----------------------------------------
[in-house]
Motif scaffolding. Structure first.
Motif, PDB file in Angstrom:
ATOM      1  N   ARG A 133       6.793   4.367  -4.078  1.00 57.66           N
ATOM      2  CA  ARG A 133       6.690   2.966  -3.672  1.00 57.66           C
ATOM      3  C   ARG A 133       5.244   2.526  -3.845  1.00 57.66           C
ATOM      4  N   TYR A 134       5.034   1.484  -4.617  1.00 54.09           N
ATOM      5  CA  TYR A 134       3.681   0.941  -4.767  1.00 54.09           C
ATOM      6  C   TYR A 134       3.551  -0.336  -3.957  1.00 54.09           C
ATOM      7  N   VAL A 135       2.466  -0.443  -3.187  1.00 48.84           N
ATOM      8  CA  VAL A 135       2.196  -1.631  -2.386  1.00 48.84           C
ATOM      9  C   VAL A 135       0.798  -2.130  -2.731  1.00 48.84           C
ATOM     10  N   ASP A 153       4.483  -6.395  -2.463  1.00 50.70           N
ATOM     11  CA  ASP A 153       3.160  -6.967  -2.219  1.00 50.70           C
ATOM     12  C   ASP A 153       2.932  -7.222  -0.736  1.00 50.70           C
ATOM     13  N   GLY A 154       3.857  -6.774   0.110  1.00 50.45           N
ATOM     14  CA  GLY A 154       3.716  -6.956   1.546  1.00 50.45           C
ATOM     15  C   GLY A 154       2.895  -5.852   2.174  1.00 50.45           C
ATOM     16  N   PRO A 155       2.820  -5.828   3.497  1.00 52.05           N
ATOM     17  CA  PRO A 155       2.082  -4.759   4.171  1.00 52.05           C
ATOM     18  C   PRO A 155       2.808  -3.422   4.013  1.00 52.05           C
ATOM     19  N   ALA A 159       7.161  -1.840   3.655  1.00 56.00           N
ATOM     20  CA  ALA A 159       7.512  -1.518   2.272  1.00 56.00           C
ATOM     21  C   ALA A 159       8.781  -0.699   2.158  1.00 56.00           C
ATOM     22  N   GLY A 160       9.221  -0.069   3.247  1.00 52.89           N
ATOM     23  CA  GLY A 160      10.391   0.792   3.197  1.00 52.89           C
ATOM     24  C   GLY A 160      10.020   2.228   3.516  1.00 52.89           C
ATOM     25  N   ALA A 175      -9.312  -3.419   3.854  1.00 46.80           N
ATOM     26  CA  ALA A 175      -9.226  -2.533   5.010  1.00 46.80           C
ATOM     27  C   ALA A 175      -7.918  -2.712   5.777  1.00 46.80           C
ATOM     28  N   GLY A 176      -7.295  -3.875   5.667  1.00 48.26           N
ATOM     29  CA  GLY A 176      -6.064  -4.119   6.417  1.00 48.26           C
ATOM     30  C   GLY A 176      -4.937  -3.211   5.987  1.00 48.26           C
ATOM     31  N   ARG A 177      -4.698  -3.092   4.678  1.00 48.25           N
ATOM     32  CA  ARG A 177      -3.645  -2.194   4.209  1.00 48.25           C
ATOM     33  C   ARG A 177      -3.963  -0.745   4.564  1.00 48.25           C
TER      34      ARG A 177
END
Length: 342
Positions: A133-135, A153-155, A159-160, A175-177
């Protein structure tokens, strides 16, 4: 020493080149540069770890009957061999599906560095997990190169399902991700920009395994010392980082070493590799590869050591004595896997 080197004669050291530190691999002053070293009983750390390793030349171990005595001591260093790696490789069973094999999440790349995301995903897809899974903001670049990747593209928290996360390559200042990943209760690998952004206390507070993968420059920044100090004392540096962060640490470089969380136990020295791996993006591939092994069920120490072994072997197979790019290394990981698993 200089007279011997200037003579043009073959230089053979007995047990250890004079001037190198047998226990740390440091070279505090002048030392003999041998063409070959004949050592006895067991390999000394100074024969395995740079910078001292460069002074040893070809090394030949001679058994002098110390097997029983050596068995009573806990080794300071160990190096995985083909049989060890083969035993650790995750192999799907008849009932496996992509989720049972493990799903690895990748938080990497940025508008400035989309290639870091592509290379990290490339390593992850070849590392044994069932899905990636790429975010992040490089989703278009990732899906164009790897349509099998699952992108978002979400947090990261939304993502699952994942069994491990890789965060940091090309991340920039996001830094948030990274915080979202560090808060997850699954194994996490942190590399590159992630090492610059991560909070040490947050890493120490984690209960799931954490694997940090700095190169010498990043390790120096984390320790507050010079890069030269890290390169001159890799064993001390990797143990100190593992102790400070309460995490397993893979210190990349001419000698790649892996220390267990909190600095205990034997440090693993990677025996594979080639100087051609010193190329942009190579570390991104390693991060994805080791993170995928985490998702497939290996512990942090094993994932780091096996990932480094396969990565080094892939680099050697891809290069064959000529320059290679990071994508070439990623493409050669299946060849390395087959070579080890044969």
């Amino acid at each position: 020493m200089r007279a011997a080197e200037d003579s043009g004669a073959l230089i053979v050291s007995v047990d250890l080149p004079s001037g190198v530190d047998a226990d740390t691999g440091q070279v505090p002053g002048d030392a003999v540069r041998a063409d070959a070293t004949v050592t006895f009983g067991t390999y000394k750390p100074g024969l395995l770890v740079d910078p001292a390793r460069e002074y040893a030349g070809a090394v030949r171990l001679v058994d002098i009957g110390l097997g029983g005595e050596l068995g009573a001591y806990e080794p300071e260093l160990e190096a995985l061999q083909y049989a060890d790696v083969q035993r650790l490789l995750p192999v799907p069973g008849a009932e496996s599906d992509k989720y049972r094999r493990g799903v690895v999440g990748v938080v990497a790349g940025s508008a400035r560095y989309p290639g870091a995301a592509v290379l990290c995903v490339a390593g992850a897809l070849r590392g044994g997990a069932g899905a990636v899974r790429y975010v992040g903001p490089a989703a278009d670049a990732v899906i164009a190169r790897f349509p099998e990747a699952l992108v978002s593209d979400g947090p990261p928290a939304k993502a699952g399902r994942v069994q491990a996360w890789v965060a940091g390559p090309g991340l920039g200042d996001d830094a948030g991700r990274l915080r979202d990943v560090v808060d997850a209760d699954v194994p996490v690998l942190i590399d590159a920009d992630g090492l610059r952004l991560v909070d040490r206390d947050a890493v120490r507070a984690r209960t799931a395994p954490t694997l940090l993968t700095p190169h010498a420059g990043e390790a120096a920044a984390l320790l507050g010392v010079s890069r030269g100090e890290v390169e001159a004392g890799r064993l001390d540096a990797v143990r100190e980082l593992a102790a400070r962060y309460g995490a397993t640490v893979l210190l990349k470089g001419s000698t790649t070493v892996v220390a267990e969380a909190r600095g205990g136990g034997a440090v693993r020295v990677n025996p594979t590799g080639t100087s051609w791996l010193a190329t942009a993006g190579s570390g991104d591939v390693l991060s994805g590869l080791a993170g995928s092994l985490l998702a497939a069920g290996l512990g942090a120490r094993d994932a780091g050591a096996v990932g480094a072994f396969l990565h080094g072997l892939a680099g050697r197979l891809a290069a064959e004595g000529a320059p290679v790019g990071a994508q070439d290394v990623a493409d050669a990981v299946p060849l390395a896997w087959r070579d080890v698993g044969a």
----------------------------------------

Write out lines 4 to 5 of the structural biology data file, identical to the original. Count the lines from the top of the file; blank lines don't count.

ATOM      1  N   ARG A 133       6.793   4.367  -4.078  1.00 57.66           N
ATOM      2  CA  ARG A 133       6.690   2.966  -3.672  1.00 57.66           C